• Sydney Cross Harland

      Articles written in Journal of Genetics

    • The genetics of cotton. Part I. The inheritance of petal spot in New World cottons

      Sydney Cross Harland

      More Details Fulltext PDF
    • The genetics of cotton. Part II. The inheritance of pollen colour in New World cottons

      Sydney Cross Harland

      More Details Fulltext PDF
    • The genetics of cotton. Part III. The inheritance of corolla colour in New World cottons

      Sydney Cross Harland

      More Details Abstract Fulltext PDF

      Pale cream of Upland or Sea Island White, and yellow of grades 1 to 7, form an allelomorphic pair of characters which may be represented by the factor pairY-y.

      Segregation in inter-specific crosses is more complicated than in inter-Peruvian crosses, in that many intermediate grades of yellow are found inF2. In the inter-Peruvian cross involving Sea Island White there is sharp segregation inF2, with absence of intermediate grades.

      Upland and Sea Island White are both geneticallyy, but Sea Island White, having arisen directly from the yellow form by a single locus mutation, possesses a series of plus modifiers for yellow, while Upland possesses fewer modifiers. Segregation of modifiers produces the intermediate grades of yellow.

      The total number of modifiers is not known, nor has the attempt made to distinguish their specific effects been successful. Probably not less than 2 nor more than 7 modifiers are concerned.

      The occurrence of grades lighter or darker than the parents in theF2 of a cross between two yellows is considered to be due to new combinations of intensifiers.

      Some Uplands have intensifiers capable of raising Sea Island from grade 4 to grade 6, but there is no ease where Upland has intensified the colour of a Bourbon variety.

    • The genetics of cotton - Part IX. Further experiments on the inheritance of the crinkled dwarf mutant ofG. Barbadense L. in interspecific crosses and their bearing on the fisher theory of dominance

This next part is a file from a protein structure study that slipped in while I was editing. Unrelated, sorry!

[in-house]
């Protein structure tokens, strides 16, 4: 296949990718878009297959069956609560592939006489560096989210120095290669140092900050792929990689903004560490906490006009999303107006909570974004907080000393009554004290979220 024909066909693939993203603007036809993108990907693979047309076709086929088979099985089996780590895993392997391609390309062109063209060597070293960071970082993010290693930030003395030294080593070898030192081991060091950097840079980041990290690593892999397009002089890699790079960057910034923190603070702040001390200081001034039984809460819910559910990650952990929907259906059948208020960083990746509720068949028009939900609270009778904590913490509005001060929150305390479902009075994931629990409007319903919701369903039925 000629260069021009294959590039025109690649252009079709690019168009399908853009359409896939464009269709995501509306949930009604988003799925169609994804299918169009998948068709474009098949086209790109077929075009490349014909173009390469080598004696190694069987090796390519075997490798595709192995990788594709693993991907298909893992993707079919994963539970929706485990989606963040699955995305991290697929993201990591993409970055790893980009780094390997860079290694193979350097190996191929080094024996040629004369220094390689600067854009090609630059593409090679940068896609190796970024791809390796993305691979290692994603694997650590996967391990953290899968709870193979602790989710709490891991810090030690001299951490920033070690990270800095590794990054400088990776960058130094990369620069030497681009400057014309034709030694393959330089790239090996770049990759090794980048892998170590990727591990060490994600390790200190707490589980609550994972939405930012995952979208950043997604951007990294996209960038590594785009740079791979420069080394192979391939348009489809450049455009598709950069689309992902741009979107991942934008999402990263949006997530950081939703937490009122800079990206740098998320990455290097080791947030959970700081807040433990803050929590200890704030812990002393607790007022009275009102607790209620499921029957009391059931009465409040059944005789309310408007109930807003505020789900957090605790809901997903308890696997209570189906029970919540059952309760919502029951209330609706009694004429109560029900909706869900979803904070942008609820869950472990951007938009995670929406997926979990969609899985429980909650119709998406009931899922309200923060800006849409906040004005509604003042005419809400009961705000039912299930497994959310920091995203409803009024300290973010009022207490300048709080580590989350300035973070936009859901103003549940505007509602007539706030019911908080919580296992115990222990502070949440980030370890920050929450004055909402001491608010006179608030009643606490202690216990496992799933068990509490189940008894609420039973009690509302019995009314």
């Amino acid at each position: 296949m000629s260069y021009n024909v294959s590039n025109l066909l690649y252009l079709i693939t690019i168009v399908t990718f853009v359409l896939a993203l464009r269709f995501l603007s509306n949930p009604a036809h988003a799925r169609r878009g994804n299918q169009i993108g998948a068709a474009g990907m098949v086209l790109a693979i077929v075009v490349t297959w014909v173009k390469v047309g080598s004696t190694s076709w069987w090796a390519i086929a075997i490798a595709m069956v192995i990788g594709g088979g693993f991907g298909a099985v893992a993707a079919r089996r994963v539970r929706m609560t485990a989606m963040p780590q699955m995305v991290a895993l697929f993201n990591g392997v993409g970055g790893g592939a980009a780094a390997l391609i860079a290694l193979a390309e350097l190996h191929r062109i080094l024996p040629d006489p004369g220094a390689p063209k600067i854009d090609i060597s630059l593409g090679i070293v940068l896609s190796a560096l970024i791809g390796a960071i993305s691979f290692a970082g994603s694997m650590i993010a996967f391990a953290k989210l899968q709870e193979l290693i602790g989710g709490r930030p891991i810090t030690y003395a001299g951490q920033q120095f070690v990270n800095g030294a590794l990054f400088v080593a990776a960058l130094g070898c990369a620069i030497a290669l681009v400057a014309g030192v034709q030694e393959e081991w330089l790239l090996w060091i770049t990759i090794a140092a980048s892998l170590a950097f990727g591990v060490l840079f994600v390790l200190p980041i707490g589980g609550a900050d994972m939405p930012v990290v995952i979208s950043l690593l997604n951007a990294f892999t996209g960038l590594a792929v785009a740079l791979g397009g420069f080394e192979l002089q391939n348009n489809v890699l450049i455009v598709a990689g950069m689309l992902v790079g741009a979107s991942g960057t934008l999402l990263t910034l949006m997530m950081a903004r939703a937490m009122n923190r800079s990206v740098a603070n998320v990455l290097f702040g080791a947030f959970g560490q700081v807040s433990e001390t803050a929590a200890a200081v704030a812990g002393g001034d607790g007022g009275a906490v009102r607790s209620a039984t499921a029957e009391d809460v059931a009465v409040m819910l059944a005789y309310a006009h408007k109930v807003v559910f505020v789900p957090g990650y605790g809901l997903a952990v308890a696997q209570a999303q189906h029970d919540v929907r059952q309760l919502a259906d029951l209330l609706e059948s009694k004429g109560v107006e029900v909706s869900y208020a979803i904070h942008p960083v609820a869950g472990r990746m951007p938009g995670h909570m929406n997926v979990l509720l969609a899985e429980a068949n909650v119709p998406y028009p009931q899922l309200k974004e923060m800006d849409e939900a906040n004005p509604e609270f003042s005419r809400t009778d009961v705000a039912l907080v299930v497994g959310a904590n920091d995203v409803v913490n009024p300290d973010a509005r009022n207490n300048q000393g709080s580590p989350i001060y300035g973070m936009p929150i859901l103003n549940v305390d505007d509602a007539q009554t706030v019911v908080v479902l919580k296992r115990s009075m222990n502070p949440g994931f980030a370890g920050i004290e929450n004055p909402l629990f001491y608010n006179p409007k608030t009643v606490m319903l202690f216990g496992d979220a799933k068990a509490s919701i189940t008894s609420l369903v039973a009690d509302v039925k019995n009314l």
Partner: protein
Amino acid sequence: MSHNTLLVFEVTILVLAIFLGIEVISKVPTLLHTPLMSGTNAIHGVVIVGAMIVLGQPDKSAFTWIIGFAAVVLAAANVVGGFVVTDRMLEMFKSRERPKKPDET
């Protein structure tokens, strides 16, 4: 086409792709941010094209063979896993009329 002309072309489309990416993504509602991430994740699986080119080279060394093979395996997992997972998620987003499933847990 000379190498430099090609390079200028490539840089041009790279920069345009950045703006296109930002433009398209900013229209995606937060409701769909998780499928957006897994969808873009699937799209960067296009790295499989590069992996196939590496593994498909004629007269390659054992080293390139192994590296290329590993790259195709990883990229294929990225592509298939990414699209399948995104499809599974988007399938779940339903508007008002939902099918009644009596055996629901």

Sydney Cross Harland

      More Details Abstract Fulltext PDF

      1. Further experiments are described on the mode of inheritance of the crinkled dwarf mutant ofG. barbadense Linn. when crossed with normalG. hirsutum Linn.

      2. Observations were made on the characters of crinkled when transferred by repeated back-crossing toG. hirsutum (T 9). Selfing of the heterozygotes of the fourth back-cross plants produced normal, intermediate crinkled, and extreme crinkled in a 1 : 2 : 1 ratio, and the results from selfing six back-cross heterozygotes showed that no change had taken place through further back-crossing.

      3. The new type ofhirsutum crinkled was apparently slightly less vigorous and productive than the originalbarbadense mutant, though under good conditions little difference was observable.

      4.Hirsutum heterozygous for the crinkled factor was shown to have a slight advantage over normal under good conditions and was not at any considerable disadvantage under bad conditions.

      5. Transference of crinkled to two further types ofhirsutum revealed complete or nearly complete dominance ofhirsutum to the crinkled type.

      6. The bearing of the experiments on Fisher’s theory of dominance is discussed and it is concluded that modification of the theory is necessary. Complete dominance of normal over crinkled exists in two types ofG. hirsutum although the crinkled mutant does not occur in that species. It is concluded that modifiers of dominance are of advantage to the wild type and are thus selected on their own account.

    • The genetics of cotton - Part XI. Further experiments on the inheritance of chlorophyll deficiency in new world cottons

      Sydney Cross Harland

      More Details Abstract Fulltext PDF

      1. Further experiments are described on the mode of inheritance and distribution in six species of New World cottons of a pair of duplicate factors for chlorophyll deficiency.

      2. Duplication of factors is considered to have taken place through polyploidy with subsequent mutation of one or other of the members constituting the pair in some of the species.Barbadense andDarwinii have become monomeric through the loss of factorChb whilepurpurascens, hirsutum, andtaitense, when monomeric, are shown to have lostCha.

      3. The experimental data support Haldane’s view that in polyploid species one member of a pair of duplicate genes may mutate without disadvantage, provided its functions can be performed by a gene in one of the other sets of chromosomes.

      4. The taxonomic and evolutionary significance of the results is discussed and it is suggested that the extent to which the dimeric condition is converted to the monomeric in polyploid species may provide some indication of the age of the species. In an old series of allopolyploids such as the New World species ofGossypium are considered to be, cases of dimery might be expected only infrequently, and usually only in interspecific crosses.

    • The genetics of cotton - Part XIII. A third series of experiments with the crinkled dwarf mutant ofG. barbadense L. the crossBarbadense crinkled ×Hirsutum crinkled

      Sydney Cross Harland

      More Details Abstract Fulltext PDF